• University of Indianapolis
  • Wabash College
  • Valparaiso University

Eligibility requirements for the full-tuition scholarship opportunities are:

Step 1

Step 2

  • Student must be accepted to the institution (2- or 4-year degree) during senior year
  • GPA requirements differ by college/university


Additionally, ILI has compiled a list of scholarships available to students from various organizations and foundations.  This list is updated every year in October.

2021-2022 ILI Scholarship Database

Real Talk is a safe space for Black students and their families to get their college planning questions answered, so we encourage you to attend! This event is for first-year students, sophomores, and juniors, as well as their parents/guardians.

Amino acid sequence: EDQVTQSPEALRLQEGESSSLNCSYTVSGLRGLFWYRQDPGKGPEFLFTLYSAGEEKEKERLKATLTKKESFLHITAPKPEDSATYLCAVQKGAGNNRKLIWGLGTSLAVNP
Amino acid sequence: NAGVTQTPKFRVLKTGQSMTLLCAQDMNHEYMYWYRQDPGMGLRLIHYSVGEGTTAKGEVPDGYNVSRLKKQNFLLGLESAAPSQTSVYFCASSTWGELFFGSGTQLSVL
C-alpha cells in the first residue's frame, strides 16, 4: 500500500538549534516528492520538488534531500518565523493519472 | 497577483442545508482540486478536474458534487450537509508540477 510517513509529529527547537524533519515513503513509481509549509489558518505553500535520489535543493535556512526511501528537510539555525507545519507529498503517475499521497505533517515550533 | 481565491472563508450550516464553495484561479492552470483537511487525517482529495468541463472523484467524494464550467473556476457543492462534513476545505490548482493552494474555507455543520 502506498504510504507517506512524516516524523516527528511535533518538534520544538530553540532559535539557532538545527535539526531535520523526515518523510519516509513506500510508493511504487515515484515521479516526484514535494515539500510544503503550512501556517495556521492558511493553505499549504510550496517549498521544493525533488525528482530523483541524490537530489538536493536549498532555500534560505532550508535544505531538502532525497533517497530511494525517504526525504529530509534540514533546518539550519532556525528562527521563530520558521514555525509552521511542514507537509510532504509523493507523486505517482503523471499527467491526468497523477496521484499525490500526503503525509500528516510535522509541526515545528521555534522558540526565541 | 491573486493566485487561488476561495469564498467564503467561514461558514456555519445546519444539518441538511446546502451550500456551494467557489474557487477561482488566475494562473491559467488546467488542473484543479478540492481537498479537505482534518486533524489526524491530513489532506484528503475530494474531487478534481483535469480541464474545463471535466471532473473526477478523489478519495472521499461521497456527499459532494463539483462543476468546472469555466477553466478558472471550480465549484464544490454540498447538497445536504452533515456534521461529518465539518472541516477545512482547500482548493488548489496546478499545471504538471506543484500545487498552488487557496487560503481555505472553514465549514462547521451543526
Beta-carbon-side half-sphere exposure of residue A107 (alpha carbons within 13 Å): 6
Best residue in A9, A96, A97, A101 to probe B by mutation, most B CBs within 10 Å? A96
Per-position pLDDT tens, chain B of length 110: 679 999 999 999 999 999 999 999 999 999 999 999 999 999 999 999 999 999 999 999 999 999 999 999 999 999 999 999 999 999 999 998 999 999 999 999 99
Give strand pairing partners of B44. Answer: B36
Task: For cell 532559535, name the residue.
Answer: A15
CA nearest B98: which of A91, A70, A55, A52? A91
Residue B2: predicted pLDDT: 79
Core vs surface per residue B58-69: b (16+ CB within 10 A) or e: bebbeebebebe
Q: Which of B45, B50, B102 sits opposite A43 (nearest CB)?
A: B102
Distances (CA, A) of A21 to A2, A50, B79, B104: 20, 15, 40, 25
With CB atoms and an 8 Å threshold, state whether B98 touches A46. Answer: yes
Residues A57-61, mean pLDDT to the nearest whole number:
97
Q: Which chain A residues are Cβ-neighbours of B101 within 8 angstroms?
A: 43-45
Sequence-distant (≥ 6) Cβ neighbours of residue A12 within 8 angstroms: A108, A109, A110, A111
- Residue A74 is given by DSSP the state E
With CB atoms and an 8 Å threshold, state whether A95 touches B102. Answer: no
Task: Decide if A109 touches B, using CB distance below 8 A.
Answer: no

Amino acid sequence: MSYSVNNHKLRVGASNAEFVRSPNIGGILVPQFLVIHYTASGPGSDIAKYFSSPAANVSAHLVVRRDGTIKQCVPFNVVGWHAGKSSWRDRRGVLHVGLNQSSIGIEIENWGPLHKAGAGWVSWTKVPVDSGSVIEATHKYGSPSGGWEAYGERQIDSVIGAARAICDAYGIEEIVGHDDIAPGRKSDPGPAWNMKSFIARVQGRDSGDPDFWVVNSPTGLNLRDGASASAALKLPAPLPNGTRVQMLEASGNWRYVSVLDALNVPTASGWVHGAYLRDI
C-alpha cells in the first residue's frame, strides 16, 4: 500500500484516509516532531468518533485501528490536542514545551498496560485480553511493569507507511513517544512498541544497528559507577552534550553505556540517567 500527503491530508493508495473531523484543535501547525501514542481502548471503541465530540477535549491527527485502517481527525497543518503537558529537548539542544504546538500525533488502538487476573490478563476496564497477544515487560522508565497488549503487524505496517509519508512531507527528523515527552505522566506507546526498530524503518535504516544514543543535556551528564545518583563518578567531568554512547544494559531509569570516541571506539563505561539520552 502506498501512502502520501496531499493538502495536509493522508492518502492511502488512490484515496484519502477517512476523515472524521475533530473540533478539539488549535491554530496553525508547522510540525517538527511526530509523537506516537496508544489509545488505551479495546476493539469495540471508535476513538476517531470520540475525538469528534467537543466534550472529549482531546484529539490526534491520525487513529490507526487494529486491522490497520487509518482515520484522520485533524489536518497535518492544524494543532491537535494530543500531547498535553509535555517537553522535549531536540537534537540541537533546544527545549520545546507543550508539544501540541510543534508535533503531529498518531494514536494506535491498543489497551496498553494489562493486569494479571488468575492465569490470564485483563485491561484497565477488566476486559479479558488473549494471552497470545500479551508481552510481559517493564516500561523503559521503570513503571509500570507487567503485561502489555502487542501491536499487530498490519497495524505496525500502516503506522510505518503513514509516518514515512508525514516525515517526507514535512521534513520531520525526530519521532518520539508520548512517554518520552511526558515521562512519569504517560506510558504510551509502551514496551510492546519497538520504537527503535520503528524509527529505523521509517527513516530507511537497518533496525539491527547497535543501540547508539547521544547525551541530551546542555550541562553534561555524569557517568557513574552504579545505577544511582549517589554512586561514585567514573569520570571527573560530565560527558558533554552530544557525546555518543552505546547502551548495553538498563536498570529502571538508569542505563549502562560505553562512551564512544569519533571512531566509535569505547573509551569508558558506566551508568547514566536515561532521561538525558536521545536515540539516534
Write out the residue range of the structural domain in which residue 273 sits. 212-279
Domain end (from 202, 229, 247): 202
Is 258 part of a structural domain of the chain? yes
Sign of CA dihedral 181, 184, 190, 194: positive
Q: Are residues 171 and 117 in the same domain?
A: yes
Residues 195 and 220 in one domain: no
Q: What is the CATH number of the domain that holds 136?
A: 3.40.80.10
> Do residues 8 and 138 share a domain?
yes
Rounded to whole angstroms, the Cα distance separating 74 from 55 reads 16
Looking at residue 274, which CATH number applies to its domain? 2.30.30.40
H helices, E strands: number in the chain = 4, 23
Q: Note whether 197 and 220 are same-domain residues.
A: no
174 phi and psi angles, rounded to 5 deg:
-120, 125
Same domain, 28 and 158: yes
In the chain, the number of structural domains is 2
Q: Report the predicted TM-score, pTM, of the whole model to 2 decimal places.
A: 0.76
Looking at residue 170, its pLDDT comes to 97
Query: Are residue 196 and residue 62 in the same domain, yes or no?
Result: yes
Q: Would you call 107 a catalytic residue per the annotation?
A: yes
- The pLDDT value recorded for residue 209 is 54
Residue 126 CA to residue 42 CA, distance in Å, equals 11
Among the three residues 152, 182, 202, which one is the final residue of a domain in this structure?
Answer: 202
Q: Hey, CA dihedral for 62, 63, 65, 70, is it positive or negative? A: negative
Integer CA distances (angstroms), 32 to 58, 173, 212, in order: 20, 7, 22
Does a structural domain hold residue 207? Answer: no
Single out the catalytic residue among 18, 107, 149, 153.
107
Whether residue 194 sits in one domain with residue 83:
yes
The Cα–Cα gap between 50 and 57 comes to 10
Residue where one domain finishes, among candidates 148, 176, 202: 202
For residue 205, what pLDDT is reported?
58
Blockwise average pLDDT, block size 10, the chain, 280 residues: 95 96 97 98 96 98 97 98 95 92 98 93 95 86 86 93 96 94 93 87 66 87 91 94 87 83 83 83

Join us for Real Talk: College Ready Edition, on Wednesday, March 30, at 7 p.m. ET/4 p.m. PT.


If you weren’t able to join us for Real Talk: HBCU Edition earlier this month, you can watch a recording to catch up on what you missed.

IUPUI’s TAKE6 Senior Scholars

A competitive, merit-based, needs-based scholarship that allows high school seniors to take up to 6 credit hours at IUPUI FREE!

View the brochure

Fairfield University established The Company Scholars, a unique program that provides four-year, full-cost scholarships to a cohort of 10-12 students attending Jesuit and Cristo Rey high schools. Students selected to participate in the program become part of an elite group of diverse individuals, who are engaged in academic excellence and equipped with a supportive network and a platform to make a difference.

Students enrolled in The Company Scholars program receive:

  • An invitation to participate in Fairfield’s Academic Immersion program, a summer bridge program that allows students to earn six credits prior to the start of the first academic year
  • One-on-one mentorship with esteemed faculty and peer leaders